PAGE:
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Raise Your Glass: A Gilded Pub Mirror

Sean Starr showcases his skills



Sean Starr is owner of Starr Studios (Denison, TX).

Although producing it is extremely time-intensive, nothing compares to the luster of reverse-painted goldleaf on glass. In late 2014, a client who was building a beautiful new house on Lake Texoma – as you might guess, the body of water straddles the Texas-Oklahoma border – wanted a centerpiece for his bar area. The client requested a new, pub-style mirror with a patina finish that makes it look more than 100 years old. The customer insisted on including the verbiage “The Lodge on Texoma”; otherwise, I was simply told to “do my thing.” Dozens of hours followed to design and paint a piece that I felt very proud to unveil.

Get the lead out
All of my design work starts with a pencil sketch, with which I sort out my ideas. Next, I scanned my completed sketches into Adobe Illustrator. Then, I started the time-consuming process of digitizing each of the elements into vector format. This serves two purposes: First, I can identify the elements I want to repurpose for other projects.
Second, vectorizing allows me to create my patterns at whatever scale is necessary without distortion. Over the years, I’ve designed and digitized hundreds of border elements, typestyles and decorative elements that I now access as a digital-file morgue, which really helps me design original pieces while using some of the advantages my computer, plotter, scanners and software provide.
I created the text for “The Lodge” with adaptations to Firehouse, a font designed by Tom Kennedy, which I found on; he devised the font based on a typeface he’d commonly seen on early-20th-Century stock certificates. For the “On Texoma” text, I developed my own font, Gilder’s Classic, which was inspired by my collection of vintage photographs, advertisements and typography-related books. Two of my favorites are Joe Davidson’s The Art of the Cigar Label and Geoff Weeden’s Fairground Art.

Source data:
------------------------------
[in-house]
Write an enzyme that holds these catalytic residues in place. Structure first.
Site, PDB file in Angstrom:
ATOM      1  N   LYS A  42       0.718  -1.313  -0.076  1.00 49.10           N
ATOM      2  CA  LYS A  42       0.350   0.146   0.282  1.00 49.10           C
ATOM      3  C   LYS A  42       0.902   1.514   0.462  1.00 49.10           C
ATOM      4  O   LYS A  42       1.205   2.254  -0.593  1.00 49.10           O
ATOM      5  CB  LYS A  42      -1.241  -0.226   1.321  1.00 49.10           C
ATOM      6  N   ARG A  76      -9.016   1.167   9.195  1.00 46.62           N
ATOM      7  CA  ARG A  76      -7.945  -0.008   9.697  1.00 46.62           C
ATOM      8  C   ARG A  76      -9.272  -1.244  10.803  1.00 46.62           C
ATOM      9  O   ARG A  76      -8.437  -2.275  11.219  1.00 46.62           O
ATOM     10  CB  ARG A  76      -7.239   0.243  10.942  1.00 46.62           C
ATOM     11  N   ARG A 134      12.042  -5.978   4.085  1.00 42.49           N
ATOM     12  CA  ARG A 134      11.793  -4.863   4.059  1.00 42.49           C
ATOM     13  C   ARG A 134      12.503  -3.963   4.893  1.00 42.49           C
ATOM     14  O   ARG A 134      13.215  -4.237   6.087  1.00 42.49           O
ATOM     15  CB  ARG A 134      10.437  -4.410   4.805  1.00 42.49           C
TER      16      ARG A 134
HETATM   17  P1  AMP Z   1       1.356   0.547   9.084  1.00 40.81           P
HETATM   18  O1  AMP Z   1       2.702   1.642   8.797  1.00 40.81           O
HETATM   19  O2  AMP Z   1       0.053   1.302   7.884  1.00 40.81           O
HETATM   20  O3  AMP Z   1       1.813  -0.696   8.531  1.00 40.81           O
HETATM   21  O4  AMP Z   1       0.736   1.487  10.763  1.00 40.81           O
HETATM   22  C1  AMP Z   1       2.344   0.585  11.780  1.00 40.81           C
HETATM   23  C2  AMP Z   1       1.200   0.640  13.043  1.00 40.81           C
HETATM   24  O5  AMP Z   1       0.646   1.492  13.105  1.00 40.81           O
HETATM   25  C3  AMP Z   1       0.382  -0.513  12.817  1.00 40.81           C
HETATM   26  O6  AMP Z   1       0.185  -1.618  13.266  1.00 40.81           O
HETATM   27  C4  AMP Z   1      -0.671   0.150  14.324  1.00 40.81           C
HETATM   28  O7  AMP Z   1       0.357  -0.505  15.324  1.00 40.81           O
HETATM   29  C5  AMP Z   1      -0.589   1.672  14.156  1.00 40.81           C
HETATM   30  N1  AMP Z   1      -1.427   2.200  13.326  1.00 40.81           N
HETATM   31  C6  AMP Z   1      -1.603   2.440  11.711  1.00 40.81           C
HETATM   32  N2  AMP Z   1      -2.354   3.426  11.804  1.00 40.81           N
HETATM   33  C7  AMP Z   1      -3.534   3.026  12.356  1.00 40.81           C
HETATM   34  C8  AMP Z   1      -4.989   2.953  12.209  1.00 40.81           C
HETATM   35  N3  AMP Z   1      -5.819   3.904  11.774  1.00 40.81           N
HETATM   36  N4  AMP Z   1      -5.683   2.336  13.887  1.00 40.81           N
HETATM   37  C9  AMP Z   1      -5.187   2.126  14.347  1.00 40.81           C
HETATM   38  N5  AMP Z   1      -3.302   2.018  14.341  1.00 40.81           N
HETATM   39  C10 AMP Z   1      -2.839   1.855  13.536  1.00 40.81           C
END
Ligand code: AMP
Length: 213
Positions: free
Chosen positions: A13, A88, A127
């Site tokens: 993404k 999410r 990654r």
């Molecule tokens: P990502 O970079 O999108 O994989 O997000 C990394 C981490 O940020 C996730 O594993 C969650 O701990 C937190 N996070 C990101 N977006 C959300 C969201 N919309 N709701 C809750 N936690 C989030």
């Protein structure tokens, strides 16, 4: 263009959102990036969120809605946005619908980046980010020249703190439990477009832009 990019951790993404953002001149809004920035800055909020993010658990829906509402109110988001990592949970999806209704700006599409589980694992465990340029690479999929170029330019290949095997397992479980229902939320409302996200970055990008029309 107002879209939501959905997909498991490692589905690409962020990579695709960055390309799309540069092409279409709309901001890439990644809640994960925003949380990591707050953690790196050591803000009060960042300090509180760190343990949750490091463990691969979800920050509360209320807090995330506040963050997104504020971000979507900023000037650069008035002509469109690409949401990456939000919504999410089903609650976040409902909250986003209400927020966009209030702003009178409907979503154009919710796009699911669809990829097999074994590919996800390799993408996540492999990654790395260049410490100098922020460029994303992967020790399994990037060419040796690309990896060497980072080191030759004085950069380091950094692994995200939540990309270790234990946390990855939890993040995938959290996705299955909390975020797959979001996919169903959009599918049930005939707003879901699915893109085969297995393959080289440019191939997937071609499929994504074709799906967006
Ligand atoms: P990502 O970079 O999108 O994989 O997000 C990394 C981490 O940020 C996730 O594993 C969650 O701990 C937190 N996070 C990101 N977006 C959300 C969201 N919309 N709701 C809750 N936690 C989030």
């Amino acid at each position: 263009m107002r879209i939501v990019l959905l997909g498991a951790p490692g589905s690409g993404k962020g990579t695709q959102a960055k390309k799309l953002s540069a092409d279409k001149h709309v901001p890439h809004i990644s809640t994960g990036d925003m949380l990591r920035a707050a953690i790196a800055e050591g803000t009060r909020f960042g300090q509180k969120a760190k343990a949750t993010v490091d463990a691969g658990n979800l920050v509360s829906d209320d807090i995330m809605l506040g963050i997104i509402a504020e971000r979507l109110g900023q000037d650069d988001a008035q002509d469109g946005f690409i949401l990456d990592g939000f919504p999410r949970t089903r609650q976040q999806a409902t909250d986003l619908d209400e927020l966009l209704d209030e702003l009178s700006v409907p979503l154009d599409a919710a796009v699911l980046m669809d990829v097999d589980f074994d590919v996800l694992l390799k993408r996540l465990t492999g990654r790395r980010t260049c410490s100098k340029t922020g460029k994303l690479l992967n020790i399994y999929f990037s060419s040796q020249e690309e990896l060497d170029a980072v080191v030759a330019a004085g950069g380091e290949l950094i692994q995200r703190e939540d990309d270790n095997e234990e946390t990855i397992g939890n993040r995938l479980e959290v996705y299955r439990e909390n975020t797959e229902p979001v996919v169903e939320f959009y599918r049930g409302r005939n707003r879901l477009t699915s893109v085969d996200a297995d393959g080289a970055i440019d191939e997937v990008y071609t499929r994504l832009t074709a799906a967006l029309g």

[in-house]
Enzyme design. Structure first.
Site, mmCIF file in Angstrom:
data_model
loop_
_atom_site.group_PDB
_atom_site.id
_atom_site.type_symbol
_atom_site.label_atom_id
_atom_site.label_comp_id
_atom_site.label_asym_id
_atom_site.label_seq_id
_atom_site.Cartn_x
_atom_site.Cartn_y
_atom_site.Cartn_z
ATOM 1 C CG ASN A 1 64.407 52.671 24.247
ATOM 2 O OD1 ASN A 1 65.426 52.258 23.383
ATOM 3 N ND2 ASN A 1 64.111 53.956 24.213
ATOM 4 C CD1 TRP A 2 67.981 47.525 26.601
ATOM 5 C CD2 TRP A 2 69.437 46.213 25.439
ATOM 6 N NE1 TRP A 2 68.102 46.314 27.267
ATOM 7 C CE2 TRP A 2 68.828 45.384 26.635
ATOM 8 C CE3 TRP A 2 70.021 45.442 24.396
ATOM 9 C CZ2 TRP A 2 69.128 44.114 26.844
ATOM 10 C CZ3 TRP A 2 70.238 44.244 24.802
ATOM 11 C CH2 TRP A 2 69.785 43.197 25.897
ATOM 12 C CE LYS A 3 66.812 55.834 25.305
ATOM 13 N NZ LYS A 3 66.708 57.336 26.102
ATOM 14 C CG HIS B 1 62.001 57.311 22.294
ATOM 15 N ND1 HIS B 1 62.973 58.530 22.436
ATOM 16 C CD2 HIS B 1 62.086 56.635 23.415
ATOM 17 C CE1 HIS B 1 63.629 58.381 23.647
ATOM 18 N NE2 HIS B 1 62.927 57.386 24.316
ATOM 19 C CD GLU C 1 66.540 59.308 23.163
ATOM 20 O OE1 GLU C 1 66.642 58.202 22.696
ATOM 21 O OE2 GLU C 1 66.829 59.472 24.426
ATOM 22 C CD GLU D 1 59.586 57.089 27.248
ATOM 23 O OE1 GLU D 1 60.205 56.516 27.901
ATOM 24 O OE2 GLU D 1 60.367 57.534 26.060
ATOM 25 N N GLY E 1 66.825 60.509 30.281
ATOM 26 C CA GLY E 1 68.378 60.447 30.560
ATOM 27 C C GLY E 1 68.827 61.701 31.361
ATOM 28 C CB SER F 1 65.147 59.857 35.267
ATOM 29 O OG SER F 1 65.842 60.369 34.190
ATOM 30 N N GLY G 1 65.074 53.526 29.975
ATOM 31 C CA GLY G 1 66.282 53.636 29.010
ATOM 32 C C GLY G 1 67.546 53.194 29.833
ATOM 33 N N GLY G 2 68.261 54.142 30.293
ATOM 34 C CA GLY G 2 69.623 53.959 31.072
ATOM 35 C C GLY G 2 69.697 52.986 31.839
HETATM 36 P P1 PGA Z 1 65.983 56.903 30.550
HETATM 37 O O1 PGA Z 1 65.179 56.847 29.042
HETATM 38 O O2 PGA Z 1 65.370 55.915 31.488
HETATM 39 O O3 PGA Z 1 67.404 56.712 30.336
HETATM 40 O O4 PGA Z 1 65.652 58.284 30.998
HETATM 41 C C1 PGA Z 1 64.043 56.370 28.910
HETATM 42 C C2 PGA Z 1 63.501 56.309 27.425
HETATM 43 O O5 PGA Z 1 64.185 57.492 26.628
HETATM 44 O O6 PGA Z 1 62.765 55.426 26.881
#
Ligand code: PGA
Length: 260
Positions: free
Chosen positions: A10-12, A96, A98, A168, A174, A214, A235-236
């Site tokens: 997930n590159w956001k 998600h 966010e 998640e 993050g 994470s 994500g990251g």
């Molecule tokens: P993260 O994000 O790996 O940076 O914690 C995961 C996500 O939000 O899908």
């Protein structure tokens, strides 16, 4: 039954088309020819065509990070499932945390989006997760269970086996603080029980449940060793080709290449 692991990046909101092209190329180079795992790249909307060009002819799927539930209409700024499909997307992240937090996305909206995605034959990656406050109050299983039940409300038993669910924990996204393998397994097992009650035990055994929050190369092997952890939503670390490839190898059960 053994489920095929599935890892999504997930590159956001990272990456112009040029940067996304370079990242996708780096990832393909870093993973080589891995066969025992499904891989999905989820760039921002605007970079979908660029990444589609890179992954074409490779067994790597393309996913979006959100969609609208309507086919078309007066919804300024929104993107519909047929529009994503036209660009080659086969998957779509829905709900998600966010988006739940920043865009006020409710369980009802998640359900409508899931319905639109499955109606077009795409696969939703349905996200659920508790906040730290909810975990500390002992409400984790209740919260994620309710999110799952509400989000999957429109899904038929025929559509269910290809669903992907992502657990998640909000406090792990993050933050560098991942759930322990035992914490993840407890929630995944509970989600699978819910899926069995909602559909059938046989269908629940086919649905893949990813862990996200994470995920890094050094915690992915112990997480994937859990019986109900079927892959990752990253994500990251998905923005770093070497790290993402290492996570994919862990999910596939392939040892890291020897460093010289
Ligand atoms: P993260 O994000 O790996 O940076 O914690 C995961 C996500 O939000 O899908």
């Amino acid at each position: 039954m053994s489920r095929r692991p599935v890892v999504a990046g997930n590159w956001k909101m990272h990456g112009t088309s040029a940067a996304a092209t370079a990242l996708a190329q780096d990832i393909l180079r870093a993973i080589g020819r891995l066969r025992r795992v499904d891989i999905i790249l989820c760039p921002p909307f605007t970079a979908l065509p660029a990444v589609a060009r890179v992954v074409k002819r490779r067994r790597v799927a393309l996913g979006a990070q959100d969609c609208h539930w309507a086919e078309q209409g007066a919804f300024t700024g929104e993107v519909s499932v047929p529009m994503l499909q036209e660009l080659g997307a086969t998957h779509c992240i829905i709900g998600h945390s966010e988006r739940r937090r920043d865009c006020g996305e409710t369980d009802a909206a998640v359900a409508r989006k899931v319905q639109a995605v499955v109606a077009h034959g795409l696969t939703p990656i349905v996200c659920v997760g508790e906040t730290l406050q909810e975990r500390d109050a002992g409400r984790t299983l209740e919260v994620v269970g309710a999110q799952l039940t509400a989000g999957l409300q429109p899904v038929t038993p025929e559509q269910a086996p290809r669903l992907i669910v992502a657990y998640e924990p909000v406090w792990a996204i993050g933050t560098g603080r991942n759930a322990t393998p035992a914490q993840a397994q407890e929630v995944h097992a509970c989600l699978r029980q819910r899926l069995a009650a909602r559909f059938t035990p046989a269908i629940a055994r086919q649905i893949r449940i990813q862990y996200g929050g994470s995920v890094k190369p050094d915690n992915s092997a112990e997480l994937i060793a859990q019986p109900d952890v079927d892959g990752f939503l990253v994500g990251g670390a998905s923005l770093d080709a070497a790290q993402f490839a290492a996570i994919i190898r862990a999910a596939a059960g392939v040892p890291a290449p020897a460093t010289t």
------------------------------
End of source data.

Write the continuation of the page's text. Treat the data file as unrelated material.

With increasing regularity, I’ve been commissioned to fabricate projects like this over the last few years. I really enjoy being able to make brand-new pieces that feature a classic style and aged look. Throughout the process, I combined methods from the very old practice of verre eglomisé (the elegant French term for glass gilding), traditional signpainting and surface and water gilding, as well as a handful of techniques we have developed here in the studio to create the finished piece.
The cost of goldleaf does somewhat impact the volume of gilding work I receive, but I still receive regular orders. Glass gilding is labor-intensive, which accounts more for the price than the leaf, but nothing looks more amazing as goldleaf reverse-gilded on glass.